I’m worried about what a Zoom parliament really means for proper debate and scrutiny

I am not a traditionalist: you would think that I would be relishing this time of Zoomed-in parliamentary questions and remote voting. And yet, I am not. I hate it

Jess Phillips
Thursday 07 May 2020 12:35 BST
Matt Hancock fails to commit to 100,000 daily coronavirus tests

Absence, in the case of parliament, does not make the heart grow fonder.

I do not miss travelling to London each week: in lots of ways I feel as if my ability to do actual, hands-on-a-keyboard, creating output work is vastly improved without the travel and even more hours of running around the labyrinthine of parliament just to show your face at meeting after meeting. My step count is down, but my productivity is definitely up.

No one could describe me as a traditionalist. Since entering parliament I have worked with others to smash nonsense workplace practices such as, God forbid, allowing parents of new babies the opportunity to vote via a proxy so they can have a bit of time off after pushing a human out of their bodies. I fought to relax the rules for men not to have to wear a tie to ask a question, and – surprise surprise – the quality of the questions hasn’t taken a hit. I never scuttle down to the Lords to watch the Queen’s speech, and I balk at most of the pomp and ceremony. If anything, you would think that I would be relishing this time of Zoomed-in parliamentary questions and remote voting.

And yet, I am not. I hate it.

I understand all of the reasons why this digital parliament has to happen and I support them. The speaker and the parliamentary authorities have done all they can to give it a chance. However I cannot help the niggling feeling that the level of scrutiny currently afforded by these very time-limited sessions of questions and statements from ministers is accidentally convenient for the government.

The back and forth of debate has completely gone. I have only spent one day in parliament since lockdown began, for the second reading of the Domestic Abuse Bill. Even in a debate where we all largely agree, there were moments when MPs zooming in on the big screens above my head said things that were either wilfully wrong or misunderstanding of the reality. Normally I would be able to leap to my feet and intervene to correct or challenge what was being said. Ministers are now able to speak in debates where they offer very little substance and face no intervention or challenge from members either in the chamber or in their own carefully curated chambers at home. It feels incredibly flat, perfunctory and there is no sense that behind the screens we are discussing people’s lives and livelihoods.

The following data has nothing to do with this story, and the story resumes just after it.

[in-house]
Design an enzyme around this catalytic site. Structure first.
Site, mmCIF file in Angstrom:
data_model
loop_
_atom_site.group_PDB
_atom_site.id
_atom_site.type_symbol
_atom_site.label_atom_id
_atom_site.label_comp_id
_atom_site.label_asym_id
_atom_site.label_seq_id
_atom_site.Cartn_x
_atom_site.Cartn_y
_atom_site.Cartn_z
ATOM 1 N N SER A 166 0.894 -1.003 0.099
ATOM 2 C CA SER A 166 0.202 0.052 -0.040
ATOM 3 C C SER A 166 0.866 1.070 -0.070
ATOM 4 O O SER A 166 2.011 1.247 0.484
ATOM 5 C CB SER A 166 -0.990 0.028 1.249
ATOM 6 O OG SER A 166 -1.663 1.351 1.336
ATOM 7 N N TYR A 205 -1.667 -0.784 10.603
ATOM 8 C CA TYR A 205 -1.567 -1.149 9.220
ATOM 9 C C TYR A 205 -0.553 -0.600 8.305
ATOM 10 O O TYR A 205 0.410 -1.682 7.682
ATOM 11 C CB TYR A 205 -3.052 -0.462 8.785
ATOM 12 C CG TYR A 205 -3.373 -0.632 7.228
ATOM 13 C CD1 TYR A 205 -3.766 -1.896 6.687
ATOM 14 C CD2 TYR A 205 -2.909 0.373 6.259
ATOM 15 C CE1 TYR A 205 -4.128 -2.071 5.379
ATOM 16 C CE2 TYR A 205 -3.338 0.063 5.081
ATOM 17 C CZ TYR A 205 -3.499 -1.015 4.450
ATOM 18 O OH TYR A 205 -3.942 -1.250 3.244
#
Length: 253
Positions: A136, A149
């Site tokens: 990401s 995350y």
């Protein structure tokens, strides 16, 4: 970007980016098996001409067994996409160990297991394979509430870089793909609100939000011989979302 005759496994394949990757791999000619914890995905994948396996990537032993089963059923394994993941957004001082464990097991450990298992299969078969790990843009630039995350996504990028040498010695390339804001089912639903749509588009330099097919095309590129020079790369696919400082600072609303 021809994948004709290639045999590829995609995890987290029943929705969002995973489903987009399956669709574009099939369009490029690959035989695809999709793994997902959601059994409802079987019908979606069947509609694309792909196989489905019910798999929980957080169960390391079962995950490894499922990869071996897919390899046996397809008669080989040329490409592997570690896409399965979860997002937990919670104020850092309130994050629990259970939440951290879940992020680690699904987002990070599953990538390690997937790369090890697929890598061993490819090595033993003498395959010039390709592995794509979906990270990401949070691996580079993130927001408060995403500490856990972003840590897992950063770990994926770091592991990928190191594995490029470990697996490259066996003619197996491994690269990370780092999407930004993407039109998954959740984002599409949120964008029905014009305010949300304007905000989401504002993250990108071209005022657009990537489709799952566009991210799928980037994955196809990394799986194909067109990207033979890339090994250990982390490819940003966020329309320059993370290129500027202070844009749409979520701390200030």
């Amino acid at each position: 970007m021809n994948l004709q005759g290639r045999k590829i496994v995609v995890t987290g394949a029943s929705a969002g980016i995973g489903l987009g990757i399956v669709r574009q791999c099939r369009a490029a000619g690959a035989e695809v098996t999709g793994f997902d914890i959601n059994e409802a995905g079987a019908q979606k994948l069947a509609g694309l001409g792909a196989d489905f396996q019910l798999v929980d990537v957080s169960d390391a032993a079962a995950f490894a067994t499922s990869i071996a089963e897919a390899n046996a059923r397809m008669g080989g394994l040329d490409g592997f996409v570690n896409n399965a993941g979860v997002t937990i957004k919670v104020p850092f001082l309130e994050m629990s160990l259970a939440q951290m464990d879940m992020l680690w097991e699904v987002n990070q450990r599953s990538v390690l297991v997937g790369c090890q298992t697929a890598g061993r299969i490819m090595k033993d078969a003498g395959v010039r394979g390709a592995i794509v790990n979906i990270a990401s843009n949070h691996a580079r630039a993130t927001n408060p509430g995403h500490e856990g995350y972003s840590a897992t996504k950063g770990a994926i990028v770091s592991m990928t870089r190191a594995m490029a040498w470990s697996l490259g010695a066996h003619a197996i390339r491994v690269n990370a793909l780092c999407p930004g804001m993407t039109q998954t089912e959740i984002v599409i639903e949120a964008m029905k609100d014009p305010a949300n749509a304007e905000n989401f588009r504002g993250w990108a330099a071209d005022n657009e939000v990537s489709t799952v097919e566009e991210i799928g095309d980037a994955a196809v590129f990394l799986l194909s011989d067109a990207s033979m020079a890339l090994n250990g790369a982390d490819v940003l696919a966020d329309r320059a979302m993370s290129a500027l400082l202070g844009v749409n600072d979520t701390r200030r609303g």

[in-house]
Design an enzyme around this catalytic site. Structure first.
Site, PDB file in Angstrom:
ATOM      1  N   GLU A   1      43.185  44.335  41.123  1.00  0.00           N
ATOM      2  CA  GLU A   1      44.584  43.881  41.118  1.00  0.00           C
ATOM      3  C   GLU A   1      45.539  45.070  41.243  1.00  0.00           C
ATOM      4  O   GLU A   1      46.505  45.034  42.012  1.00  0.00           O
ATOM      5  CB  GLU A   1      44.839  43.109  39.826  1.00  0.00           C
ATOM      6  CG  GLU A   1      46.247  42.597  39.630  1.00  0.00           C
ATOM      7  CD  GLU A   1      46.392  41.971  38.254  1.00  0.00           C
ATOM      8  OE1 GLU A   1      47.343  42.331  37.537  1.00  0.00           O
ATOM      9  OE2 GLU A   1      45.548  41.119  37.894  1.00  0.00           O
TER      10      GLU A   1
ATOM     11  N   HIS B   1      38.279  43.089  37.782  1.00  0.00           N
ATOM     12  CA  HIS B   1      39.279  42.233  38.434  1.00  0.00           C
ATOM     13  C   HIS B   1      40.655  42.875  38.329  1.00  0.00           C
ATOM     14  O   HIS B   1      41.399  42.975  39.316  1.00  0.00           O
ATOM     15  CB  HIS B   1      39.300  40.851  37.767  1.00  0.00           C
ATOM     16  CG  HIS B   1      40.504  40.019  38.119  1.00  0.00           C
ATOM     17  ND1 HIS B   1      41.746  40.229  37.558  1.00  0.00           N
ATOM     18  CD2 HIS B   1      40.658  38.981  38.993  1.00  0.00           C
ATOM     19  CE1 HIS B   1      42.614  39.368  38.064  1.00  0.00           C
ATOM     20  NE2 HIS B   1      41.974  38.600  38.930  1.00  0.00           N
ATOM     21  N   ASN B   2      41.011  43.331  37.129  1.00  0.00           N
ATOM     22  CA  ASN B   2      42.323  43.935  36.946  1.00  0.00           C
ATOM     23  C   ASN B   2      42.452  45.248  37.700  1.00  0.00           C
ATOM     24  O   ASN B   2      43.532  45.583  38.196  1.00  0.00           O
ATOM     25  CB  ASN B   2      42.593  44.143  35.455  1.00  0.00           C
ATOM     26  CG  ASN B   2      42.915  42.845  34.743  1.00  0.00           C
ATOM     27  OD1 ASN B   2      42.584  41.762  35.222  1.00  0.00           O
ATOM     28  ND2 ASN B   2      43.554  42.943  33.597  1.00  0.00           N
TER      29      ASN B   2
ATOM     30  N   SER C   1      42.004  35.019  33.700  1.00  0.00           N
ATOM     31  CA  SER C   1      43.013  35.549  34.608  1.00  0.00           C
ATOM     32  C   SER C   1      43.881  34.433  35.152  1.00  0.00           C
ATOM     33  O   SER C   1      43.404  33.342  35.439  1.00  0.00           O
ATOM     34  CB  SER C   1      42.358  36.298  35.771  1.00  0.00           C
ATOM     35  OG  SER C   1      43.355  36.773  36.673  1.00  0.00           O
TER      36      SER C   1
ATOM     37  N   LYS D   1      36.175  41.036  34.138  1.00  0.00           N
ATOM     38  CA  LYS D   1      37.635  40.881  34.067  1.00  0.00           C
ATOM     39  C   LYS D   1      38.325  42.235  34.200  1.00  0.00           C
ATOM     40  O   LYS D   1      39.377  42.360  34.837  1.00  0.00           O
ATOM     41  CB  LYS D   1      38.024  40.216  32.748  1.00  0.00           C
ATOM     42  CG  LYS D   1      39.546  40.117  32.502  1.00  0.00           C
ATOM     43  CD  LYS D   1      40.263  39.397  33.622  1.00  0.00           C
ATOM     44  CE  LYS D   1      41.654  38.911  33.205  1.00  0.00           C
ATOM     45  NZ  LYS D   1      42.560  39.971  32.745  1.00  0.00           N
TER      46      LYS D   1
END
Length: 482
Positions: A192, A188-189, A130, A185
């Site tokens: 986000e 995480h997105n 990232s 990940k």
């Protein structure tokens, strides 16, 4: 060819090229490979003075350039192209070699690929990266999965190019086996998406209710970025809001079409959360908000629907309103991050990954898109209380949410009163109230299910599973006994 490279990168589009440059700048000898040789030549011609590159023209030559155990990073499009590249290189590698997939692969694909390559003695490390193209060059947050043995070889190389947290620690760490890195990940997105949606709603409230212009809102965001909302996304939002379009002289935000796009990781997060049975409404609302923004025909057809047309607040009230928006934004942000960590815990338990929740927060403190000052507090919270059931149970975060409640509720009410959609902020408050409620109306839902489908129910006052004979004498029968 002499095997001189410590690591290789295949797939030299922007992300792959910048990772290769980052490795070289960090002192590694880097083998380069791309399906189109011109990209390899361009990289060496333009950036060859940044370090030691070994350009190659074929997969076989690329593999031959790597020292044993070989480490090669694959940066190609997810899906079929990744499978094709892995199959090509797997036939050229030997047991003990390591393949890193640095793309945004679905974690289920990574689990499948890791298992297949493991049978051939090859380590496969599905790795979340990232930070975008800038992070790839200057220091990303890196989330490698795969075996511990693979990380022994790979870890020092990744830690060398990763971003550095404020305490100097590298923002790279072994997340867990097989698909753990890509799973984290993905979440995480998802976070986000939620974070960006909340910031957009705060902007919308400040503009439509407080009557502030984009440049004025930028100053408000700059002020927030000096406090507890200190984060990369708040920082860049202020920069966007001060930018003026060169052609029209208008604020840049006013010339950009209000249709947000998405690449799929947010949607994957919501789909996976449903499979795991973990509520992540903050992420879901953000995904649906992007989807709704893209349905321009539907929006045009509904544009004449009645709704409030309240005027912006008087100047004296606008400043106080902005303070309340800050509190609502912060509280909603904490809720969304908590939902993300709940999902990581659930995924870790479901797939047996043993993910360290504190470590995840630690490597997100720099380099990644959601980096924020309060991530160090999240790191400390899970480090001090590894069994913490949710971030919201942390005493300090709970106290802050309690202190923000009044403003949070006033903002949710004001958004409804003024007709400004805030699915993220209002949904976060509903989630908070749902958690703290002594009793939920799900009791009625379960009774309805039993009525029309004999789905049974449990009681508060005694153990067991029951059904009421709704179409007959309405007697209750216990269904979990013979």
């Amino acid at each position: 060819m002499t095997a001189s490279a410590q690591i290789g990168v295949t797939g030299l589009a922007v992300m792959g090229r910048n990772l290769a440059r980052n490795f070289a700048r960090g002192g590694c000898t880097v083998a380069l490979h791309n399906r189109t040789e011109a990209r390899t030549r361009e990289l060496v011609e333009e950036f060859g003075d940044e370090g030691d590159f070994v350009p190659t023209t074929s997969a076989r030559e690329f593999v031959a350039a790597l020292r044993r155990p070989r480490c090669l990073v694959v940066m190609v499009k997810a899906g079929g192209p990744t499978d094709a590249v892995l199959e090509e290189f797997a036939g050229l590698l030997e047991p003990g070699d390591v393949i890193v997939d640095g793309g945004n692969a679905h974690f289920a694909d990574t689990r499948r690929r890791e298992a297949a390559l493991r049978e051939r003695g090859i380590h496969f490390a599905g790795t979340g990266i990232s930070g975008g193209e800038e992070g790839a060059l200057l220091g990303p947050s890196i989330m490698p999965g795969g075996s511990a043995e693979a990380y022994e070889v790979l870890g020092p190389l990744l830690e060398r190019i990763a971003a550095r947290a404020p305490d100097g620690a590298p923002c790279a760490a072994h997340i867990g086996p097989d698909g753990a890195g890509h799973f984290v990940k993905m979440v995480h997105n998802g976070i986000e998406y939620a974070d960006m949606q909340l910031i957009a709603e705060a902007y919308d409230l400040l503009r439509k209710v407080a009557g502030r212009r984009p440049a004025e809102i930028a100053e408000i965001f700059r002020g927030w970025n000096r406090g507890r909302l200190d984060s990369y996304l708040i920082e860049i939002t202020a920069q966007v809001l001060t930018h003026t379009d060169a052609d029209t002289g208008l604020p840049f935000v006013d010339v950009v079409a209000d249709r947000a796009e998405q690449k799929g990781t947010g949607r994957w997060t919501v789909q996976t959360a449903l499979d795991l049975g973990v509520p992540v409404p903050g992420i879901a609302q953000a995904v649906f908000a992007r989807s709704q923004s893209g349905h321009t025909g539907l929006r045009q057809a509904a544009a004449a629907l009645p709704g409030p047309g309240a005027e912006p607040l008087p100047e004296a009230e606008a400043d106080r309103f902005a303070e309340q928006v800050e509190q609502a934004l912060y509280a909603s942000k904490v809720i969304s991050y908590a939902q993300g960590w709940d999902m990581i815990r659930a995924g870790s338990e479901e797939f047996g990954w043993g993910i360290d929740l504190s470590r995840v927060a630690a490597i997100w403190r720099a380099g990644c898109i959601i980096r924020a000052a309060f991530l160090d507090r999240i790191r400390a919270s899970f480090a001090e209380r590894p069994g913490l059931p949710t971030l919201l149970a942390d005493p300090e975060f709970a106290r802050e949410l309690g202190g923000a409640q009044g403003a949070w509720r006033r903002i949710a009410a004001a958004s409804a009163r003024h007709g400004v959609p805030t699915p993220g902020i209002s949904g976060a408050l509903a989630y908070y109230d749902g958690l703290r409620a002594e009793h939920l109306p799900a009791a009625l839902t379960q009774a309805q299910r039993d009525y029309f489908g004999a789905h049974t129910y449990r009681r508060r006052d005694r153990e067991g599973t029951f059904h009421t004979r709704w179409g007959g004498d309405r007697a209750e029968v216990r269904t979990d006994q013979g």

It turns out the drama of two people facing each other in the chamber of the mother of parliaments matters much more than I thought it did. A minister having to stare into the whites of a person’s eyes as they deliver a weak line or even a great one is the lifeblood of our democracy. That became very clear this week when Matt Hancock sat across from Rosena Allin-Khan, a shadow health minister by day and A&E doctor by night. He didn’t like her question about testing of NHS staff, which was delivered with complete professionalism, and so he sniped back and told her to watch her tone. Face to face with a capable woman able to communicate without the jittery broadband connection distorting her voice, or the distraction of what was on the bookshelf behind her, stumped him. He couldn’t just look away from the screen and say whatever he had planned to say regardless of the question: he had to face her and he was found wanting.

Landing a blow on a minister in the chamber is a delicious thing, but that in and of itself is not the goal. The goal is for scrutiny, to make better decisions for the country. The goal is for the ministers to worry about the flaws in their plans because they know they will be pointed out, so they iron them out first. This should be done by consensus when that is possible and, to be fair, that happens much more than people realise when parliament and all its committees are functioning properly. But when it can’t, the blows and trip-ups parliament can deliver do matter.

I never thought I would see the day when I longed for the traditional knock about, but I guess like everything in this crisis you don’t know what you’ve got until it’s gone. Let’s hope we can trust the government in this crisis not to use this opportunity to push things through without proper scrutiny – after all, they have never done anything like unlawfully closing parliament to suggest that they don’t want parliamentary scrutiny before. Oh…

Jess Phillips is Labour MP for Birmingham Yardley and shadow minister for domestic violence and safeguarding

Join our commenting forum

Join thought-provoking conversations, follow other Independent readers and see their replies


Thank you for registering

Please refresh the page or navigate to another page on the site to be automatically logged inPlease refresh your browser to be logged in